…The Broadway Romeo and Juliet is built around Orlando Bloom. The Off-Broadway production is built around Elizabeth Olsen. Both were marketing decisions –if we hire a movie star, the people will come. Olsen, younger sister of the Olsen twins Mary-Kate and Ashley, is lovely to look at. Unlike the costumes of some of the other characters, hers — mostly simply diaphanous white frocks that could easily be undergarments — work with the character. (Why, though, was she wearing black combat boots?) But her performance is nothing extraordinary, not memorable enough to make up for the deficit in her partner.
James Franco and Chris O’Dowd could both be making their Broadway debuts in a revival of John Steinbeck’s Of Mice and Men, aiming for Broadway in the Spring.
A stage adaptation of the Gershwin movie, An American in Paris directed and choreographed by Christopher Weeldon with a book by Craig Lucas, is aiming for Broadway in 2015, after a first production scheduled for December, 2014 at the Théâtre du Châtelet iin Paris.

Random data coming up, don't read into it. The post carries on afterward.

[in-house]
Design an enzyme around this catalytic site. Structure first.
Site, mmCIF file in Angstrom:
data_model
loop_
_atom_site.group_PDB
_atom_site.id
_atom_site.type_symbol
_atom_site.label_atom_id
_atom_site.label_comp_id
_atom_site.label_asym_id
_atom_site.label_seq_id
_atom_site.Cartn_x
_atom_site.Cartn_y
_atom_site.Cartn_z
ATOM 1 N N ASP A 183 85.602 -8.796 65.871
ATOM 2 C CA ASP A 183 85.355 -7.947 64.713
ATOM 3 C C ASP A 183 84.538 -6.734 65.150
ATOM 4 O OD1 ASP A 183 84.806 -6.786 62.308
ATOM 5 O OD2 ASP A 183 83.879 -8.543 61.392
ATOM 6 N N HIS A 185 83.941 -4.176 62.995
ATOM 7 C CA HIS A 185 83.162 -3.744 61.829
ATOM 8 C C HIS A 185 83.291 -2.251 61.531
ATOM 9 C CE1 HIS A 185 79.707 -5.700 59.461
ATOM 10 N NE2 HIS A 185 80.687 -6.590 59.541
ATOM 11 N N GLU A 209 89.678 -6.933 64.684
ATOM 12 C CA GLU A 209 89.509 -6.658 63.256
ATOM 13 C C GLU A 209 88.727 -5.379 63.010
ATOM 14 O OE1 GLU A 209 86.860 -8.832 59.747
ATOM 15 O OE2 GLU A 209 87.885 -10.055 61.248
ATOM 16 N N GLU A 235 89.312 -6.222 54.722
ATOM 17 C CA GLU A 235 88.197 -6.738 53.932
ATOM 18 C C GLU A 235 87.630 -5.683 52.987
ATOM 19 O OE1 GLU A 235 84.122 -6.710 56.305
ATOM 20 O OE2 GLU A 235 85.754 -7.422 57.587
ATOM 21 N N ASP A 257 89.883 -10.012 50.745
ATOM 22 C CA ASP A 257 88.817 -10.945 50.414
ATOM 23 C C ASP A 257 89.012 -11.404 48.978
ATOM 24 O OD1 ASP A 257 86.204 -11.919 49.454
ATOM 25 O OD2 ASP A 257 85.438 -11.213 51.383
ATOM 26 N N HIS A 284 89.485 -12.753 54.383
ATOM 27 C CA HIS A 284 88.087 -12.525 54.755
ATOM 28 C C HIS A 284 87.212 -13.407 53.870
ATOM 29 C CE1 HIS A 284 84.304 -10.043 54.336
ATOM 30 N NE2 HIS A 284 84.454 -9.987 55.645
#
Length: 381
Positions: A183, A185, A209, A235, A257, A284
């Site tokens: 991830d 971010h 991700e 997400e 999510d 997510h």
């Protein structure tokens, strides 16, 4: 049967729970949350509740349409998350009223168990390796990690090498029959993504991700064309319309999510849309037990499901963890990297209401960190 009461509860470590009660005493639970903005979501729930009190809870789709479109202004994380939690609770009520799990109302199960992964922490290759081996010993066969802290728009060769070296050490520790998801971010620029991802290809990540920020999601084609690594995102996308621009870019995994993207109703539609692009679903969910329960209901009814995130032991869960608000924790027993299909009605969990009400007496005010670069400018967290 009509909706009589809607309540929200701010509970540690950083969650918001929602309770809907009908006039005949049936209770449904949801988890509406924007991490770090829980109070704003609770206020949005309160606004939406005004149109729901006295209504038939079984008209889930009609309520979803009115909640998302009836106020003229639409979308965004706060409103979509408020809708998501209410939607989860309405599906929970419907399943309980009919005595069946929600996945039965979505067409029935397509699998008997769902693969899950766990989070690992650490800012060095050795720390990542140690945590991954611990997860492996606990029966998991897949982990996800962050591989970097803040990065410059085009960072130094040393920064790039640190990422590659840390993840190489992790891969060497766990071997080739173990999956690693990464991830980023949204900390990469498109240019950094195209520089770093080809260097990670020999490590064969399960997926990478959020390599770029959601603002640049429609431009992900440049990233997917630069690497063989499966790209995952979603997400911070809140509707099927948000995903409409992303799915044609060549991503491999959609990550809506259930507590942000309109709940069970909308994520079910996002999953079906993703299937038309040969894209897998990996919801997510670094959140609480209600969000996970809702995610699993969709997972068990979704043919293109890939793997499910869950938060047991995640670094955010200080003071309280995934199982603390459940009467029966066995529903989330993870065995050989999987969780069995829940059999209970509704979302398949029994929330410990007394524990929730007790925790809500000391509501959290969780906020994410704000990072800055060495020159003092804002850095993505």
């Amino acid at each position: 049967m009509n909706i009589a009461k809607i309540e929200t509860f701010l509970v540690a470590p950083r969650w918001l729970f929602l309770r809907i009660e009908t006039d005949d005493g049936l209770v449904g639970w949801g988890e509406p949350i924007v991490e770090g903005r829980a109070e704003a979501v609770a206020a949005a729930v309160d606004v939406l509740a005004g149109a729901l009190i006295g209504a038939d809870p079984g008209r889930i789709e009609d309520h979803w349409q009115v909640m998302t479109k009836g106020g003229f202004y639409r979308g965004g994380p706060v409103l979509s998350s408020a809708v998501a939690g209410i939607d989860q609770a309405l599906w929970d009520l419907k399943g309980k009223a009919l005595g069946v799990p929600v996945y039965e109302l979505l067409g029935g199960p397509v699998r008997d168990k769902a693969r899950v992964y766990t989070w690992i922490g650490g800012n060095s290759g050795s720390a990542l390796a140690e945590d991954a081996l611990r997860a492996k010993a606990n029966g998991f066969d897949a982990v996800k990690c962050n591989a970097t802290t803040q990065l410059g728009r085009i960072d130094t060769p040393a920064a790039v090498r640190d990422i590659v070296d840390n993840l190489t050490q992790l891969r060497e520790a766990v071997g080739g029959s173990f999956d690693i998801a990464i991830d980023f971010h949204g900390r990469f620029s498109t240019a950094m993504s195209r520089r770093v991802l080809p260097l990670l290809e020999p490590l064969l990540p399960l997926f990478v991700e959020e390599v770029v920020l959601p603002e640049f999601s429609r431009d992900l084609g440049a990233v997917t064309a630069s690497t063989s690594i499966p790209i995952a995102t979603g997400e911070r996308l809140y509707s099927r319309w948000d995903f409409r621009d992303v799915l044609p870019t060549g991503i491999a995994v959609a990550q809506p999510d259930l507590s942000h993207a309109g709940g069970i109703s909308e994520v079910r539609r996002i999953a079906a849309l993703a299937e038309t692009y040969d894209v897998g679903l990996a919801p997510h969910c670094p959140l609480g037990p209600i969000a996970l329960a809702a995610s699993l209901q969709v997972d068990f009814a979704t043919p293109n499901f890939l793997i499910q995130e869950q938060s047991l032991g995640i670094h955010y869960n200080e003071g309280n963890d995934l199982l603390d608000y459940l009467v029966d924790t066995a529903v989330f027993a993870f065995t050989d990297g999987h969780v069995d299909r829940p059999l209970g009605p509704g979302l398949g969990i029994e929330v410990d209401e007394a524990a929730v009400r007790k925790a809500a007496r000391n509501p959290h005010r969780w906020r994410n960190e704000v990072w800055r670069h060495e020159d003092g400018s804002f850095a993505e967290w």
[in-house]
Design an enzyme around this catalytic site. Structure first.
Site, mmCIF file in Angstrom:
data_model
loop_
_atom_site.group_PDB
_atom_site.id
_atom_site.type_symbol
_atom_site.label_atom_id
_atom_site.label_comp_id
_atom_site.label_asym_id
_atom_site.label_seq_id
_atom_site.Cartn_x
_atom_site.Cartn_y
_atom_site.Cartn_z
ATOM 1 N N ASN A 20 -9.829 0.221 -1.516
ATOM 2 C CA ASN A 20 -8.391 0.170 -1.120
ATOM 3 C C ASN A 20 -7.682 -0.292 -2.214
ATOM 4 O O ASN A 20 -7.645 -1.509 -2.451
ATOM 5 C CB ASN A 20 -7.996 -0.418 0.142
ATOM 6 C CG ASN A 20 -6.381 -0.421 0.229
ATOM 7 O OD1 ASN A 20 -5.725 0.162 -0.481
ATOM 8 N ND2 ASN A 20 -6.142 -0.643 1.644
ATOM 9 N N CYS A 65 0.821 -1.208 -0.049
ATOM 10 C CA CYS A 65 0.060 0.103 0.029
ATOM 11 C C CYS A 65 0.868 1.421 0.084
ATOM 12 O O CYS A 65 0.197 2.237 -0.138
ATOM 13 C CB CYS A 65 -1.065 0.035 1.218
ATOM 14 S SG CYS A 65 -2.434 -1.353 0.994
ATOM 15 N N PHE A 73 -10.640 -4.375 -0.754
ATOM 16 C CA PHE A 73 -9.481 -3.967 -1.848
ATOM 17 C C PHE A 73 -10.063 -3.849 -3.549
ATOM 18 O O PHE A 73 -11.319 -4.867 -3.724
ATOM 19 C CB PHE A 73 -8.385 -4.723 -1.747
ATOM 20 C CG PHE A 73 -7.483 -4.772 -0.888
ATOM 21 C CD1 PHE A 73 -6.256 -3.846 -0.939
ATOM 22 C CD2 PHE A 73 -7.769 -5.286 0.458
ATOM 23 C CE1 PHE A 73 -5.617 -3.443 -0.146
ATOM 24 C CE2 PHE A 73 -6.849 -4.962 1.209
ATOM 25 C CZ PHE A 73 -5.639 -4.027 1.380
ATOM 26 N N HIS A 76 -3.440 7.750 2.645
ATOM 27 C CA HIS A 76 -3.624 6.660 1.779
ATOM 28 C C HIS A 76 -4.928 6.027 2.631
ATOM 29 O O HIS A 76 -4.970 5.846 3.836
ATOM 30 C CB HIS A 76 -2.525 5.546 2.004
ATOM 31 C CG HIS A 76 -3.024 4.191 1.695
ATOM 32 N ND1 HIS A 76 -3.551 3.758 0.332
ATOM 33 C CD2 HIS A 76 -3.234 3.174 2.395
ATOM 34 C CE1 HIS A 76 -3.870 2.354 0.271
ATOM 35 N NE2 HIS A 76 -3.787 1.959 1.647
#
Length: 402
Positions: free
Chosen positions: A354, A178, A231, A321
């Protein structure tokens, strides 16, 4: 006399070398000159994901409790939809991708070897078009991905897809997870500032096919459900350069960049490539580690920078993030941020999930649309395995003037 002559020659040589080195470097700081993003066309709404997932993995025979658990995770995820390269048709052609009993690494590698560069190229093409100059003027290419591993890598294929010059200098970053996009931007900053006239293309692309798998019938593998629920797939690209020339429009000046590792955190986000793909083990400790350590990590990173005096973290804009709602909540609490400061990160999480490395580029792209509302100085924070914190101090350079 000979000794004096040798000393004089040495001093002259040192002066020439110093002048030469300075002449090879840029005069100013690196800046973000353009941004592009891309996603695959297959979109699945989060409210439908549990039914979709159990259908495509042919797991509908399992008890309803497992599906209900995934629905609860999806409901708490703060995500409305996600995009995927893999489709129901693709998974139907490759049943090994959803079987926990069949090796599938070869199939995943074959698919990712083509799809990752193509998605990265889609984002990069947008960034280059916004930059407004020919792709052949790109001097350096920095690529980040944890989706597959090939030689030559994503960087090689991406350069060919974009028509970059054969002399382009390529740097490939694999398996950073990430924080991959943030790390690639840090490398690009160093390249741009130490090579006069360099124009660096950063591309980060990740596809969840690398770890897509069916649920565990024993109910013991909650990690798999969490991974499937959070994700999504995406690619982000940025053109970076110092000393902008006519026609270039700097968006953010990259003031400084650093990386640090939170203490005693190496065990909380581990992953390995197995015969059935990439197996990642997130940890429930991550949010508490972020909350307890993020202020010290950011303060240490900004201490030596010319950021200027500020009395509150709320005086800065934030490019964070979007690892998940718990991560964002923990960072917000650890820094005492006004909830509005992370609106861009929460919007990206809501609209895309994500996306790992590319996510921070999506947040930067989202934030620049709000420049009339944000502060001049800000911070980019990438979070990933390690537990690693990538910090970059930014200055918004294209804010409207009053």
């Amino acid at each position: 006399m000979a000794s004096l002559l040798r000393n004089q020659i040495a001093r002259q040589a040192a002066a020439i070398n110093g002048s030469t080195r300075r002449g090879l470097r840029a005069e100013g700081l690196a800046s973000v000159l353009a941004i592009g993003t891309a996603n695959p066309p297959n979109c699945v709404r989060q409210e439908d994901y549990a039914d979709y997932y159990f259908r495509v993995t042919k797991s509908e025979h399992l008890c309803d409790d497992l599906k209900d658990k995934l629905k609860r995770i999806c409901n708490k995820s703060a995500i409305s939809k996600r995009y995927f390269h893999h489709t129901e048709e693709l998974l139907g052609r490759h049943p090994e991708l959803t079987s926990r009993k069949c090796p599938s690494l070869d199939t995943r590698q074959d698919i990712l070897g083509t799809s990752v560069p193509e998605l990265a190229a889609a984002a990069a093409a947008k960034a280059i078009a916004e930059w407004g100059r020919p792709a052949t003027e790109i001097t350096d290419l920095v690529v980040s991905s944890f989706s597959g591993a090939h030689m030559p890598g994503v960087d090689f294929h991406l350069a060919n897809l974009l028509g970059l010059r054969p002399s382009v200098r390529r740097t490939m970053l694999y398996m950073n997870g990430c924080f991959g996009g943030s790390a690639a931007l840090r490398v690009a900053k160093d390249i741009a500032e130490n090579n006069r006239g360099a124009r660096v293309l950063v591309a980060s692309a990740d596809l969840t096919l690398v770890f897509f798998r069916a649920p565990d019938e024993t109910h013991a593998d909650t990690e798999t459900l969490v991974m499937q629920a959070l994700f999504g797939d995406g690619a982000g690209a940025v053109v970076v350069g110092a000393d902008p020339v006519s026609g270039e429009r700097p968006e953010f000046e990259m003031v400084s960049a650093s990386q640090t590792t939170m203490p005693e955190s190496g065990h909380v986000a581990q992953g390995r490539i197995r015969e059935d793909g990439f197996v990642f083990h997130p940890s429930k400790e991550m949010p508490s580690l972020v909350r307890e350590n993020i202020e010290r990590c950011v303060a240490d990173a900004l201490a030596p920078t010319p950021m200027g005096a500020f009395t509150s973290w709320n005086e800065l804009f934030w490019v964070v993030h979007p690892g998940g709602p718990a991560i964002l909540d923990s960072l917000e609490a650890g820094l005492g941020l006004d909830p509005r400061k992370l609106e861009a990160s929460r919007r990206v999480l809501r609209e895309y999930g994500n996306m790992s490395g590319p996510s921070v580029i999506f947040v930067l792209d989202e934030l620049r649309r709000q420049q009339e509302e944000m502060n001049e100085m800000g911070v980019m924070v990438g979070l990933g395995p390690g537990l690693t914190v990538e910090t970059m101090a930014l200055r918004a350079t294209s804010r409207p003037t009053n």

Mobile Shakespeare Unit: Much Ado About Nothing FREE in 16 NYC locations (not just prisons)
Half of New Yorkers are dissatisfied with the opportunities to see live theater in their neighborhoods
54 percent in Manhattan satisfied with live theater/ concerts in their neighborhood,but just 21 percent in the Bronx, 25 percent in Queens, according to a survey by the Municipal Arts Society.
There are more than 250 outdoor events in Times Square each year from rodeos to rock shows.
What’s made Times Square less overwhelming? Says Claire Fellman of Snohetta: patterned paving and multiuse seating
But the theater district still suffers from “Pedlock” – too many pedestrians, not enough space.
Sunday theater talks at the 92nd Street Y:
Cherry Jones with JordanRoth (10/27)
Julie Taymor 11/17)
Big Fish creative team (11/24)
How far would you go to right a wrong; what would you sacrifice? What if the wrong were trivial?